Here are the articles and web pages the Talk Issues team recommend today:

  • Balls’ EU immigration claims don’t stand up – Sarah Mulley at Left Foot Forward takes a look at the immigration stance of Labour leader candidate Ed Balls. Balls is conflating immigration with intra-EU migration, which has been pointed out elsewhere. She accuses Balls and other Labour leader candidates of fighting yesterday's battles. "There is also a risk that Balls, and other leadership candidates, are fighting yesterday’s battles on EU immigration. Migration flows from A8 countries have proved to be short-lived. The latest statistics show that the UK is now experiencing net emigration to these countries for the first time since 2004 – more A8 migrants are leaving the UK than are arriving."
  • Emigration & wages – Chris Dillow challenges the call of Labour's Ed Balls to restrict intra-EU migration. Dillow highlights a study looking at the impact of migration on Lithuania, and he says: "Balls’ demand for immigration controls – which are, of course, emigration controls too – amounts to an attack upon the living standards of poor workers."
  • My once-in-a-generation cut? The armed forces. All of them – Simon Jenkins argues that Britain doesn't need to spend £45 billion a year defending itself from a post-Cold War "fantasy proposition, that some unspecified but potent "enemy" lurked in the seas and skies around Britain".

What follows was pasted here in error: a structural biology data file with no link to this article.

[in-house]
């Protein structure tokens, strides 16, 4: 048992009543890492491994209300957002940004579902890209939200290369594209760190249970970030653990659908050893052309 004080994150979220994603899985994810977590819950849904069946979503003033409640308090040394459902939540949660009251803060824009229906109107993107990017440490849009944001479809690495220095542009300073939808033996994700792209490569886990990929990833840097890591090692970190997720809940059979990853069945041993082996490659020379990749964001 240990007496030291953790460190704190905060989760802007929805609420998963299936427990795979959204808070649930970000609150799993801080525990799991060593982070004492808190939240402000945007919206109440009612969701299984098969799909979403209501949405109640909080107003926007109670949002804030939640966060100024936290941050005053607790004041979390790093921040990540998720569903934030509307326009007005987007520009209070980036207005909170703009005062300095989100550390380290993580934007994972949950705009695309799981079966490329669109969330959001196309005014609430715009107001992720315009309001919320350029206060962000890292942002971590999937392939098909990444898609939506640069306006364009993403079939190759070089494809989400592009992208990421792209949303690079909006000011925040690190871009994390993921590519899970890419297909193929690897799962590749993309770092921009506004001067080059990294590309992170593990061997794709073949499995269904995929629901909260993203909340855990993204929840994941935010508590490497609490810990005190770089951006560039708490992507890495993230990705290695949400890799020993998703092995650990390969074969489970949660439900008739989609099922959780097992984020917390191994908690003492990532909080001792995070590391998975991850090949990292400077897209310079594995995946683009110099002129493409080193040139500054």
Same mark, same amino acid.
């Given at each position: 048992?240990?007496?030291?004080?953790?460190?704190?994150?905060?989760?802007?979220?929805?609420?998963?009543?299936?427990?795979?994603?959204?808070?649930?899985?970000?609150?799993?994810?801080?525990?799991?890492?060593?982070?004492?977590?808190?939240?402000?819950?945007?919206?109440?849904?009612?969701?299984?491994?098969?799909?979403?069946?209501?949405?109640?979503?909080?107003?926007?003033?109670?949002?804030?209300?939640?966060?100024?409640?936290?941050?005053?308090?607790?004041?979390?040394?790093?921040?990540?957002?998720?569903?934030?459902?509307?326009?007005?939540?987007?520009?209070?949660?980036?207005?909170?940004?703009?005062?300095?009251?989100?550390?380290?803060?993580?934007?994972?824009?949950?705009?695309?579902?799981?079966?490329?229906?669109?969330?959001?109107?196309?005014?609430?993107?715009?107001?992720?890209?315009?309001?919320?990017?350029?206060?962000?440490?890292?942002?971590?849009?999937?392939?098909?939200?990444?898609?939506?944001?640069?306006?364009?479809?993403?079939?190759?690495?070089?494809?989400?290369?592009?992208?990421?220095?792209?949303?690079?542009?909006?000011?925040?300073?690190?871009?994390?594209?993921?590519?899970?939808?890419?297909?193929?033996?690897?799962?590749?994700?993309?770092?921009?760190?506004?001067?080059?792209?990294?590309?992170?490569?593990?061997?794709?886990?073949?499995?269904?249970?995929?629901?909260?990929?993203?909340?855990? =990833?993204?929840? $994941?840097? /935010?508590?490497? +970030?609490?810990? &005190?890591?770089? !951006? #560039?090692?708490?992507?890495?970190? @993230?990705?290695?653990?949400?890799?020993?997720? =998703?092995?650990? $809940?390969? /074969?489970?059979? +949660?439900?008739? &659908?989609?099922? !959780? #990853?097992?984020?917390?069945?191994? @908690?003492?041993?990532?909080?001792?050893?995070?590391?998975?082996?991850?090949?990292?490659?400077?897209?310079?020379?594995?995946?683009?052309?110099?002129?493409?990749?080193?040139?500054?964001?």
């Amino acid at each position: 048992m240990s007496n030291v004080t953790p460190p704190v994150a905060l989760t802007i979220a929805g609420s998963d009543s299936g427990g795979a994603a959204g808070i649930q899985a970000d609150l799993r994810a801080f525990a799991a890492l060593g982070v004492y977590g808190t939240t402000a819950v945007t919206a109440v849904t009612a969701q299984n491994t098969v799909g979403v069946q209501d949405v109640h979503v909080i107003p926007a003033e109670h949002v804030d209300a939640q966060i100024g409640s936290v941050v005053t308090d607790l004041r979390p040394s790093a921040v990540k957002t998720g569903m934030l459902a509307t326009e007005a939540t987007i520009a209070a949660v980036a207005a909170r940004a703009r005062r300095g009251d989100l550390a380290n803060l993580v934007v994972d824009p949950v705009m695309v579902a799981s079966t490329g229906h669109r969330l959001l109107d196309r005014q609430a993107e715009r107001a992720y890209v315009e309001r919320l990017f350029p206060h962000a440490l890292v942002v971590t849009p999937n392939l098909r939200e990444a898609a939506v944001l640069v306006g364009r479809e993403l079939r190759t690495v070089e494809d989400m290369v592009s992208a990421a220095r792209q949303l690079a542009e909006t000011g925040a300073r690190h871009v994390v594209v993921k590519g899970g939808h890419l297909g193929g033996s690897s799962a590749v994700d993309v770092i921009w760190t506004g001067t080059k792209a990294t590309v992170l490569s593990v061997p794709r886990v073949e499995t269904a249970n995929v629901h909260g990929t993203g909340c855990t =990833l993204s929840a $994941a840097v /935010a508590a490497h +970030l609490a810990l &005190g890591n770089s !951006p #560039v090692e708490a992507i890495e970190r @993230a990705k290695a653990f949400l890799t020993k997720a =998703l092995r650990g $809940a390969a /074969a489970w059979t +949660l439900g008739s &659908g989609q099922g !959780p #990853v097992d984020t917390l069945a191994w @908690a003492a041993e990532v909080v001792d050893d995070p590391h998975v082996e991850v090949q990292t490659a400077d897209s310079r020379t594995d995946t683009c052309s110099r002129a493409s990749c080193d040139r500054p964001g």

• Co-operatives, Consultations and Lambeth – Shane Carmichael, a Lambeth resident, considers the council's plans for mutual services, and how consultation and engagement will be handled.
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Here are the articles and web pages the Talk Issues team recommend today:

  • Heffer on the EU: Nostradamus he ain’t – One of our own pieces on a hysterical prediction of the future by Simon Heffer, written in 2003. Find out about the gangs of armed EU police who will be roaming the streets attacking the middle classes in (gasp!) 2010
  • Spending cuts – now you’re talking – Following the Chancellor’s announcement on spending cuts consultation, Matthew Taylor – the man behind the Big Conversation – passes on some lessons from that experience
  • Football and Twitter – When Saturday Comes considers the impact that the use of Twitter has had on football journalism. The use of Twitter to “take the temperature” of a team’s fans has interesting parallels with the political world – and in both cases, you have to wonder about how representative the sample is.
  • Financial Re-Regulation and Democracy – Joseph Stiglitz writes in New Europe on what the bank rescue, bank regulation and the move to spending cuts say about the state of our democracies.
Posted in Uncategorized.